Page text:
The community of patients and clinicians and scientists interested in the problems of MH owe Sheila a huge debt of gratitude for her work on MH for more than 25 years. She and her colleagues at Uniformed Services have contributed enormously to our understanding of the molecular genetics of MH. She has guided, supported and trained many clinicians and scientists who themselves have made contributions to medicine and to MH. She has been on the Board of MHAUS for more than 20 years, has served as the Vice President for Scientific Affairs for most of that time and also served on the MH Hotline for 20 years. She has been a strong supporter of the activities and goals of the North American MH Registry and helped guide many of the important studies that have emanated from the Registry.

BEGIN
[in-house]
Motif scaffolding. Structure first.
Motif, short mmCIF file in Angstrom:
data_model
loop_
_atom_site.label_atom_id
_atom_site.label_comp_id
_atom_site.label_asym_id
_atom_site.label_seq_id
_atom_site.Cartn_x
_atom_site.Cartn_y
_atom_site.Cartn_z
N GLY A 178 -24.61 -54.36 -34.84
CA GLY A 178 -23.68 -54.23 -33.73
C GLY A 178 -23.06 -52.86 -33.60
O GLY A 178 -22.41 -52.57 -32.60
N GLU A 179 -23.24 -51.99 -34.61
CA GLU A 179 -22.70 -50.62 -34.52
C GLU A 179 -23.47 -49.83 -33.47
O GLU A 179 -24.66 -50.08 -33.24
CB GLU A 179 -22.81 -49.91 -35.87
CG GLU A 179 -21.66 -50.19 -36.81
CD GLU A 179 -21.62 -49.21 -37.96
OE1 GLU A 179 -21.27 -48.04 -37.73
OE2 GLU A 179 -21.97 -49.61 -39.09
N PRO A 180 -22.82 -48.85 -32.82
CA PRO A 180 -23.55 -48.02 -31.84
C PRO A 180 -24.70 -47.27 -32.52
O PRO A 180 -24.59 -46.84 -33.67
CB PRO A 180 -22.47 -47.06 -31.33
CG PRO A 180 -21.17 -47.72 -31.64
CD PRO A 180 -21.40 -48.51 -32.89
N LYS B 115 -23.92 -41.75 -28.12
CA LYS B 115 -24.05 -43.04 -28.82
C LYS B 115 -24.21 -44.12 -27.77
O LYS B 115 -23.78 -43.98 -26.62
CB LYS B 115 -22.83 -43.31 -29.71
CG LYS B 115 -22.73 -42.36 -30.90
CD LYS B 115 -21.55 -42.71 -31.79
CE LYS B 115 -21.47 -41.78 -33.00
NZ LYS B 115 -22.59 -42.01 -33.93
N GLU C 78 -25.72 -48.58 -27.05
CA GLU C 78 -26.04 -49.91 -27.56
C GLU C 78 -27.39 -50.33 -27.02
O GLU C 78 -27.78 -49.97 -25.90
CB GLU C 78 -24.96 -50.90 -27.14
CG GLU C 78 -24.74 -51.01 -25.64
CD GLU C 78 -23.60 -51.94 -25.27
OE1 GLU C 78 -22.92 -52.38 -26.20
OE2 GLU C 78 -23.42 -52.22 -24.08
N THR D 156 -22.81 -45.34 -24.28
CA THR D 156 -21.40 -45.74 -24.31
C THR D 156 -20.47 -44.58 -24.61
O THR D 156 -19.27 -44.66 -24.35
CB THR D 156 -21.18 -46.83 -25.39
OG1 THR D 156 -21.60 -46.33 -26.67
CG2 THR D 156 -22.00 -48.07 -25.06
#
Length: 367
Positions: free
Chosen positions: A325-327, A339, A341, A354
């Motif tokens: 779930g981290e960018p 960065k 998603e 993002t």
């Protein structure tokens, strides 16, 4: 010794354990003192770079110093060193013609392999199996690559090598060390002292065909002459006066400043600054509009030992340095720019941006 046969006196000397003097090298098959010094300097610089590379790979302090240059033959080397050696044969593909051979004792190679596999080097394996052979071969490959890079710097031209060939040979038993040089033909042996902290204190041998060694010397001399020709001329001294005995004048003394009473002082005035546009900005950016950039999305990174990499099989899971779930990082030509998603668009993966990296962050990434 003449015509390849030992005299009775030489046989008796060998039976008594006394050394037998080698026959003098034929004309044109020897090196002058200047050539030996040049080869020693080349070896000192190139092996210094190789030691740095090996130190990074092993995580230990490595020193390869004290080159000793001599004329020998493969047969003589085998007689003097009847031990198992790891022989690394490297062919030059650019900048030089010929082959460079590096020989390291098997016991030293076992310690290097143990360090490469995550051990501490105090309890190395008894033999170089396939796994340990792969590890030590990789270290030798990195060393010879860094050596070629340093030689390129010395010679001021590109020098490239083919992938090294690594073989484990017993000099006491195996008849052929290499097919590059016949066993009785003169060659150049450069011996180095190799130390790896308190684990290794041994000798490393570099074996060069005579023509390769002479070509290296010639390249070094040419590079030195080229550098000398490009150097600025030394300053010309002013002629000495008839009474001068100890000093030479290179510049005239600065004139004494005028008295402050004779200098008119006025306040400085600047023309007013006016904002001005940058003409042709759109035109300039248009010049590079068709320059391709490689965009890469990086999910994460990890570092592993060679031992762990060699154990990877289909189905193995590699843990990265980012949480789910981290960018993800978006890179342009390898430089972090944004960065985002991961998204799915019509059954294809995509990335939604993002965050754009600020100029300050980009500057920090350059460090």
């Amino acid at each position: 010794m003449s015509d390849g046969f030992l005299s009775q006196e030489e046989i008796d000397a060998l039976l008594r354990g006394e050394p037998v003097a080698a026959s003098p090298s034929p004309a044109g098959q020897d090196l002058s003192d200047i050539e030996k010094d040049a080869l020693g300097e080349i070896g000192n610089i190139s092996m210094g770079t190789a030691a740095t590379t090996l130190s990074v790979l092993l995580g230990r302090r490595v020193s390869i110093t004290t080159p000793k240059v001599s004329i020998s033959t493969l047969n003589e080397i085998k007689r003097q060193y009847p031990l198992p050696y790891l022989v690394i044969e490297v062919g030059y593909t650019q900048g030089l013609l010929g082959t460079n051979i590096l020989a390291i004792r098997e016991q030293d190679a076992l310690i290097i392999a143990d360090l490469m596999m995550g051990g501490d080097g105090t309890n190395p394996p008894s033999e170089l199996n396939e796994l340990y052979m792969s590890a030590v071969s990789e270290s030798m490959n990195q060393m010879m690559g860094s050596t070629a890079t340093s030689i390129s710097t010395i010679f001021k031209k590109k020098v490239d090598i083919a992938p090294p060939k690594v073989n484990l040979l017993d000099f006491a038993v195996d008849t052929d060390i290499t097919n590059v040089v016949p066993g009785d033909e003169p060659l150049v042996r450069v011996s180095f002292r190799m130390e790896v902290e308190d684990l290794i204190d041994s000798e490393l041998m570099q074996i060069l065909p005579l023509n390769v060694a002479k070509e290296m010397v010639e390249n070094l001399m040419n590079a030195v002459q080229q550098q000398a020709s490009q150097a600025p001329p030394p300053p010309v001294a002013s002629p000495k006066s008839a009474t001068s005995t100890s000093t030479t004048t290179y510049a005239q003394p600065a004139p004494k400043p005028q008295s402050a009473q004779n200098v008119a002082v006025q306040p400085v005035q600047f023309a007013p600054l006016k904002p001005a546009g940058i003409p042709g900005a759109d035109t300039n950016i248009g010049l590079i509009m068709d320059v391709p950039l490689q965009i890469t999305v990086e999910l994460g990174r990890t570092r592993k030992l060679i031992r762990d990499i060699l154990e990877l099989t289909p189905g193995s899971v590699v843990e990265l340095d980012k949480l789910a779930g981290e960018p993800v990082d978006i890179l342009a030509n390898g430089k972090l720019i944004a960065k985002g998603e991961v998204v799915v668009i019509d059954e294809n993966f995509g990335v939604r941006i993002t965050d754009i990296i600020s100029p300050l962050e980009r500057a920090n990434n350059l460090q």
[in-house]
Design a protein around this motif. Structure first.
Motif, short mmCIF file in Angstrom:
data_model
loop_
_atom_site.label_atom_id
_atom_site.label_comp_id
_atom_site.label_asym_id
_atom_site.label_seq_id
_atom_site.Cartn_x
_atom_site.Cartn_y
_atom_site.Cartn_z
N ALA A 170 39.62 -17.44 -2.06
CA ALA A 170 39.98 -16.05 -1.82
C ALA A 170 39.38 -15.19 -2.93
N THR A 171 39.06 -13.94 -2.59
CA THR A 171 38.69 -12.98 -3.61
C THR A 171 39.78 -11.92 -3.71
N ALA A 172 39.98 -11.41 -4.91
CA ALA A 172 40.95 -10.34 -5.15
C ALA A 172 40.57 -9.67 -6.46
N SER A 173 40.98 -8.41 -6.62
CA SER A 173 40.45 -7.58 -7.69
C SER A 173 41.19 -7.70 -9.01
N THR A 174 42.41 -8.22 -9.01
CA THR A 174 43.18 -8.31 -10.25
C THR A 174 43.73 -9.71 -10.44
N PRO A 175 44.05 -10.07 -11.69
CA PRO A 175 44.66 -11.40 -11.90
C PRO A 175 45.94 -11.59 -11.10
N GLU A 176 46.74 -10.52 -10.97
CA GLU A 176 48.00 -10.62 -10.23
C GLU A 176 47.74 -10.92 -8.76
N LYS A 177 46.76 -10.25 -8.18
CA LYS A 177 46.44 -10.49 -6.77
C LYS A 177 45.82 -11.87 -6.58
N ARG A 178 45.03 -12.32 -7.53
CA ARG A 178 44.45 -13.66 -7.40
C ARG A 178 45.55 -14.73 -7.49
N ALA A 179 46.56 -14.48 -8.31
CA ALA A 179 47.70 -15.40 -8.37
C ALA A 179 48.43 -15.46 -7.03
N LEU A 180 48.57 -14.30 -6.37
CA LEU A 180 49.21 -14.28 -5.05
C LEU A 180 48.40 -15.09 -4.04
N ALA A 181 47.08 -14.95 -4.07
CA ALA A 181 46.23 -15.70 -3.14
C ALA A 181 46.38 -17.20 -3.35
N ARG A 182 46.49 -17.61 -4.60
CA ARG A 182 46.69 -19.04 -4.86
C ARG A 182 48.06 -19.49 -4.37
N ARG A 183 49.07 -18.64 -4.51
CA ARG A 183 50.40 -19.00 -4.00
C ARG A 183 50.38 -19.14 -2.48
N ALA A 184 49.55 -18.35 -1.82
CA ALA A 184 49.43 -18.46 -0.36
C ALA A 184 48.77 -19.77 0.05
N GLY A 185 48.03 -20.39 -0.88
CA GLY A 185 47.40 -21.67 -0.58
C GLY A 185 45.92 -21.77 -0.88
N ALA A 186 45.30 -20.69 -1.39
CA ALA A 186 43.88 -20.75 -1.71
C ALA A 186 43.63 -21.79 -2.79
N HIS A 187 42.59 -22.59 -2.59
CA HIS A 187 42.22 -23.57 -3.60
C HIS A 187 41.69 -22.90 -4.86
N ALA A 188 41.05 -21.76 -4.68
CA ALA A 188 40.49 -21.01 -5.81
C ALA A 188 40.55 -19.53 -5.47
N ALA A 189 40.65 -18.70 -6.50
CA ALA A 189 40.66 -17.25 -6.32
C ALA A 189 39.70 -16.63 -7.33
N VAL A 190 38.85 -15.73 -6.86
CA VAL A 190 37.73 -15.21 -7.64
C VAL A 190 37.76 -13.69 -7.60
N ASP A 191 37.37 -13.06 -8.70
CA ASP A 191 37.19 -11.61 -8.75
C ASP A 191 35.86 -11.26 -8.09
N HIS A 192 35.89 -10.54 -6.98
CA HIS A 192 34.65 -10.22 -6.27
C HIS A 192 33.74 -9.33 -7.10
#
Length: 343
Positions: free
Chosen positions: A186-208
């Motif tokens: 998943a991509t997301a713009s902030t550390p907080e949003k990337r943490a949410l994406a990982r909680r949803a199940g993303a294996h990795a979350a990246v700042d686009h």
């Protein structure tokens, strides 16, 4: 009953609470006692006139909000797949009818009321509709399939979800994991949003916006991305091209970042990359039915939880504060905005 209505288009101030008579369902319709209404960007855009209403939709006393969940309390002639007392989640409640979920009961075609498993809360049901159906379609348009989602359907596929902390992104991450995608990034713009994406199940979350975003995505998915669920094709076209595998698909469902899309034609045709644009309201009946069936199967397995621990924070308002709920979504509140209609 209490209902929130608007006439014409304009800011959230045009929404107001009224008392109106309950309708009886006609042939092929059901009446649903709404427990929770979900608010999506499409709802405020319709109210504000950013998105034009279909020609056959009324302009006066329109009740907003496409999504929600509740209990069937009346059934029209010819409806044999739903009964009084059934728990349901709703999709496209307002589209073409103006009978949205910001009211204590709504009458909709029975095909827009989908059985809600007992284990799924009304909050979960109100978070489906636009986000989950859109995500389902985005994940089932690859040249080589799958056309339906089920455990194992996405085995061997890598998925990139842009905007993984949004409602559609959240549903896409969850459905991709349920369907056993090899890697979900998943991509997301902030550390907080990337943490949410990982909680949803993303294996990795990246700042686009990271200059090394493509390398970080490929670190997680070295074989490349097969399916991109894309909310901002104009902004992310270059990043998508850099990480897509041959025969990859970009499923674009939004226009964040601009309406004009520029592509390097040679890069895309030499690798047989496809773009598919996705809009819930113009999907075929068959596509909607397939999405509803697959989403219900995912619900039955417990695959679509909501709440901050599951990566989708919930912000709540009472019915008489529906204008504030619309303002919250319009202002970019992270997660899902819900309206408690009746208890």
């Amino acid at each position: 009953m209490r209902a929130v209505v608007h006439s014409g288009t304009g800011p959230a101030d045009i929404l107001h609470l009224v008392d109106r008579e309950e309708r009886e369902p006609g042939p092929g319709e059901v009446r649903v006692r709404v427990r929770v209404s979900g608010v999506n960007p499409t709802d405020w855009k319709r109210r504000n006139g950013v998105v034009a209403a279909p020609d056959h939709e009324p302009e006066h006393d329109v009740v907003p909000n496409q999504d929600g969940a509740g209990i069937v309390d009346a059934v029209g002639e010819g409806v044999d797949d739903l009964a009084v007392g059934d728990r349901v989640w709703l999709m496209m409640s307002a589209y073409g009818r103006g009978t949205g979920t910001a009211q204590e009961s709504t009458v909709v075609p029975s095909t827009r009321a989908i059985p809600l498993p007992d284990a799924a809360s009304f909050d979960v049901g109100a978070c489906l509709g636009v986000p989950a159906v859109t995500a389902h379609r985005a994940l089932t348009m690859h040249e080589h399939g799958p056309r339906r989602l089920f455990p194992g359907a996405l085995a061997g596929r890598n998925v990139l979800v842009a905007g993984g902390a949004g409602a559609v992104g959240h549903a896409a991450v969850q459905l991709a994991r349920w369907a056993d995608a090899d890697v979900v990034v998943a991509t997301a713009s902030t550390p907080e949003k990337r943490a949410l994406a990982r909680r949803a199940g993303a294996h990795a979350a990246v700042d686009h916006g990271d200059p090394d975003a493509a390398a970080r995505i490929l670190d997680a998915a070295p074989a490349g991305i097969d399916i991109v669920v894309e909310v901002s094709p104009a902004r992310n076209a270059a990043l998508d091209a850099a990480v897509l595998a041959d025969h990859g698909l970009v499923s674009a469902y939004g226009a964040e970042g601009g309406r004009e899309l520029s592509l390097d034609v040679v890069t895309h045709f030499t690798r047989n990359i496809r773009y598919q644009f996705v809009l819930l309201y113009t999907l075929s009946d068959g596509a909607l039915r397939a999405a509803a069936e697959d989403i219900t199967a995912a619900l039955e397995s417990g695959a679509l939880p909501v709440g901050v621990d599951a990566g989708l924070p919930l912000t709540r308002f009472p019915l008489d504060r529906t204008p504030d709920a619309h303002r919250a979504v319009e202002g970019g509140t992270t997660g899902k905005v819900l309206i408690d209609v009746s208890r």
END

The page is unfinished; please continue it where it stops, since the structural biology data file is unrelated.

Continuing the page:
The laboratory for the study of MH at Uniformed Services has not only sponsored investigations in the molecular genetics of MH and described the relationship between unusual clinical presentations of the disorder and the pathophysiology of the disorder, but the center has been performing muscle biopsy diagnostic testing for MH for those in the military since the early 1980s. The laboratory she established has been one of only a few in North America that worked on perfecting the muscle biopsy diagnostic test, performed original research in animals who are MH susceptible, explored the molecular genetics of MH, as well as the cellular biochemistry of the disorder. In addition she has authored close to 100 original publications in the peer reviewed literature and has organized educational symposia and has herself lectured widely on MH.